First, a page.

John H Woods
Silver badge

Re: @Lee D

"You pay for a better clock signal to get a better start in terms of GPS positioning. The clock in your handset is also a critical component too." --Ian Michael Gumby

I thought the point of having a four satellite fix when only three would do* is so that the receiver can calculate the single offset factor that would make the intersection perfect, and that this is the discrepancy between the receiver time and the (synchronised) GPS time.

Disclaimer: I am not by any means a GPS / geolocation expert.

* ok, I realise that the intersection of three spheres is actually two points rather than one, but one of these is way out in space somewhere.

1
0

'Public Wi-Fi' gang fail in cunning plan to hide £10m cigarette tax fraud

John H Woods
Silver badge

"It hardly profits from it. The revenue barely covers the hospital and disability costs that result from smoking: lung cancer, emphysema, and many other disabilities" -- Richard Plinston

I am very far from being a supporter of smoking. But the direct cost to the NHS is somewhere between 25% and 50% of tobacco duty income (which is around 12B pa). The most significant spend on the NHS is the elderly, and smoking is quite an effective cure for that.

6
1
John H Woods
Silver badge

Re: I wonder if there's an opportunity

"I wonder how dicey that would be" --- sampler

Your risk assessment seems to be missing something. When helping criminals, you possibly have to be worried about being the target of some other criminals. It may be less likely than being targeted by law enforcement but the consequences could be somewhat worse ...

1
0

Violin Memory shares collapse as it files for chapter 11

John H Woods
Silver badge

Re: Insert joke

... when you put viola players at the violin desks ... ?

3
0

Murdoch's 21st Century Fox agrees £18.5bn Sky takeover deal

John H Woods
Silver badge

A fit and proper person to own a newspaper ...

Before the Iraq war, Murdoch owned 175 newspapers around the globe. 175 of them came out as explicitly in favour of the Iraq war. I wouldn't care how many newspapers or broadcasters he owned, as long as he didn't treat them as his own personal megaphone, which it seems to me that he does.

16
0

'Emoji translator' sought by translations firm

John H Woods
Silver badge

Re: Saving space

"As far as I know, emojis are implemented as Unicode multi-byte characters, so the rebus of seven pictures of a woman probably consumes between 14 and 28 bytes." --- Kubla Cant

It's 4 bytes in UTF8, so 28 bytes. But you only need 8 bytes for "7sisters"

1
0
John H Woods
Silver badge

Re: What a load of bollocks...

This is true even of UIs. Why not have words "yes" and "no" instead of ticks and crosses? And why have that weird square shape with a corner missing for "save" ...?

(I'm kidding, I'm 50, but when I dug an old 1.44 out of a cupboard to show my kids they looked at each other and said, simultaneously "OH! So that's why that means save").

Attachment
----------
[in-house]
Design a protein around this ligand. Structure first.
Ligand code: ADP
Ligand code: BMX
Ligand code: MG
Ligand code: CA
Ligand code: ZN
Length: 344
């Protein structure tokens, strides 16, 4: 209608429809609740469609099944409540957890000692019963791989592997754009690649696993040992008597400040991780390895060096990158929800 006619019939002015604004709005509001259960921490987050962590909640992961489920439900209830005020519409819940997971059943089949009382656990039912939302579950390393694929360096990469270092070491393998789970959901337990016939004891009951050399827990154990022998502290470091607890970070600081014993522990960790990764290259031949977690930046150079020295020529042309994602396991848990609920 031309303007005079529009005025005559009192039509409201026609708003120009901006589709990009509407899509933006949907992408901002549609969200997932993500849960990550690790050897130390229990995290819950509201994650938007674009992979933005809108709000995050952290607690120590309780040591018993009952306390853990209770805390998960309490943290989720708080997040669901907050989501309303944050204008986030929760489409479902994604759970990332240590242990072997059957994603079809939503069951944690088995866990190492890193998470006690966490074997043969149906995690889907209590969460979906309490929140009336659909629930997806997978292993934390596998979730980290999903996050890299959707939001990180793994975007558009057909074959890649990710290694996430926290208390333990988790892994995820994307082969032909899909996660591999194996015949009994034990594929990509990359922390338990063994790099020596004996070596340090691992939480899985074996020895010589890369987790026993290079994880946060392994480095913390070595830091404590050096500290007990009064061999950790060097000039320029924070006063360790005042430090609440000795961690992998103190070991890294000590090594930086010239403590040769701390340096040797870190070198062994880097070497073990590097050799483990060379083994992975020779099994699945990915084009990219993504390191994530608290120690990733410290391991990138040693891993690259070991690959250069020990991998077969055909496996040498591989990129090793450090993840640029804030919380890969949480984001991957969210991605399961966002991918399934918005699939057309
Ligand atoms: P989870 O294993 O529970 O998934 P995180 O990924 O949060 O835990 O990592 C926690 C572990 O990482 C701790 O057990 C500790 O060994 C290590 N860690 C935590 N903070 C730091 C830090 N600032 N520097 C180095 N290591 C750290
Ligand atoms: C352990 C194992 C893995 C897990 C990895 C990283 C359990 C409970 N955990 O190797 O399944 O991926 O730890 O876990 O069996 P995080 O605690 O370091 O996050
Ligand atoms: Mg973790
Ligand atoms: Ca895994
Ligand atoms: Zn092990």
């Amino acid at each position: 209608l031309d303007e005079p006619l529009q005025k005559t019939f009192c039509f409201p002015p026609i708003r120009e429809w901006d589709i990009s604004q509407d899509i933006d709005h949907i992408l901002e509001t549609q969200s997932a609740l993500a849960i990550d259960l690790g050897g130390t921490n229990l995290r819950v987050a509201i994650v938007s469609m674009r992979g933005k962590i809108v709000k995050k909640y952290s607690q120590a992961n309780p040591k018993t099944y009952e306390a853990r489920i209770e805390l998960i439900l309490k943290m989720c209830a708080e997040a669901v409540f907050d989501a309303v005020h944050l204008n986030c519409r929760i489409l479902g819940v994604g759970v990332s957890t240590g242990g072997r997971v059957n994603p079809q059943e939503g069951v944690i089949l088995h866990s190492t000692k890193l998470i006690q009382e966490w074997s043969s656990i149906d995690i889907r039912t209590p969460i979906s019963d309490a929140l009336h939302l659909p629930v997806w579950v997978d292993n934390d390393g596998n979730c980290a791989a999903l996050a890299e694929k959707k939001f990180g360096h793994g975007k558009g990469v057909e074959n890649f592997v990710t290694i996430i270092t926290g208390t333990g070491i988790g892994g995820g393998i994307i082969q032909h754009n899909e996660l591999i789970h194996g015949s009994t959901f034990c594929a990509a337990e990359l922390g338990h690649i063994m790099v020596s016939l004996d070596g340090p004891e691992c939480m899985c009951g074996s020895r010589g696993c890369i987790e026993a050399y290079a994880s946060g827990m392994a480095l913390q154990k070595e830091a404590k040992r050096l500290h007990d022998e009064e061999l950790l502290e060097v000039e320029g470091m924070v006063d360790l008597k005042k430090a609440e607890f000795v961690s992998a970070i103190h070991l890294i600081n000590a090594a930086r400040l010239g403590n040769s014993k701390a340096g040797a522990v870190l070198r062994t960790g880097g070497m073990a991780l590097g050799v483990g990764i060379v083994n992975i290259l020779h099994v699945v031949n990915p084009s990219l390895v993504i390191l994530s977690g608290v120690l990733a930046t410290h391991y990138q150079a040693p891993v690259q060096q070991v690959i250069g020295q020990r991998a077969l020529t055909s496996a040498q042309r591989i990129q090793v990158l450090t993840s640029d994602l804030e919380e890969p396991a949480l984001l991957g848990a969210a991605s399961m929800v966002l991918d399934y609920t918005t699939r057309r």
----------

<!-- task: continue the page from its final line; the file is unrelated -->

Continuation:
4
0

If only our British 4G were as good as, um, Albania's... UK.gov's telco tech report

John H Woods
Silver badge

"The report mixes UK and Britain" --Phil O'Sophical

"Britain" doesn't have a formal meaning, it's quite acceptable, or at least commonplace, to use it to refer to the UK. Great Britain OTOH is the big Island in the UK.

6
1

A single typo may have tipped US election Trump's way

John H Woods
Silver badge

Re: @Ivan4

"

'I'd still think it was somewhat troubling that a foreign power had interfered with it.'

Why is that? I would be extremely surprised if any election in any country, EVER, has not had some measure of at least attempted interference/influence from a foreign power. It's BAU for most governments." -- eldakka

Hey, I wasn't born yesterday; I didn't say I'd still think it was somewhat troubling that a foreign power had attempted to interfere with it.

0
0
John H Woods
Silver badge

@Ivan4

"Considering those two points, what are they making all this fuss about?" --- Ivan4

Are you serious? Even if I knew for certain that the interference had no influence on an important election in my country, I'd still think it was somewhat troubling that a foreign power had interfered with it. If I thought it had had an effect, even if it was a win for my party, I would have even more of a problem with it.

Maybe I'm just old-fashioned.

11
1

Bill Gates joins $170bn climate change investment club

John H Woods
Silver badge

Re: Trumpity Trump

Bob: "Do your OWN study"

What if I've done my own study and come to these conclusions

1) we are entering a natural warming period, but we seem to be entering it very fast

2) that seems to be as a result of human activity

3) there are other good reasons for investing in carbon free energy (pollution, air quality, finite fossil fuiel)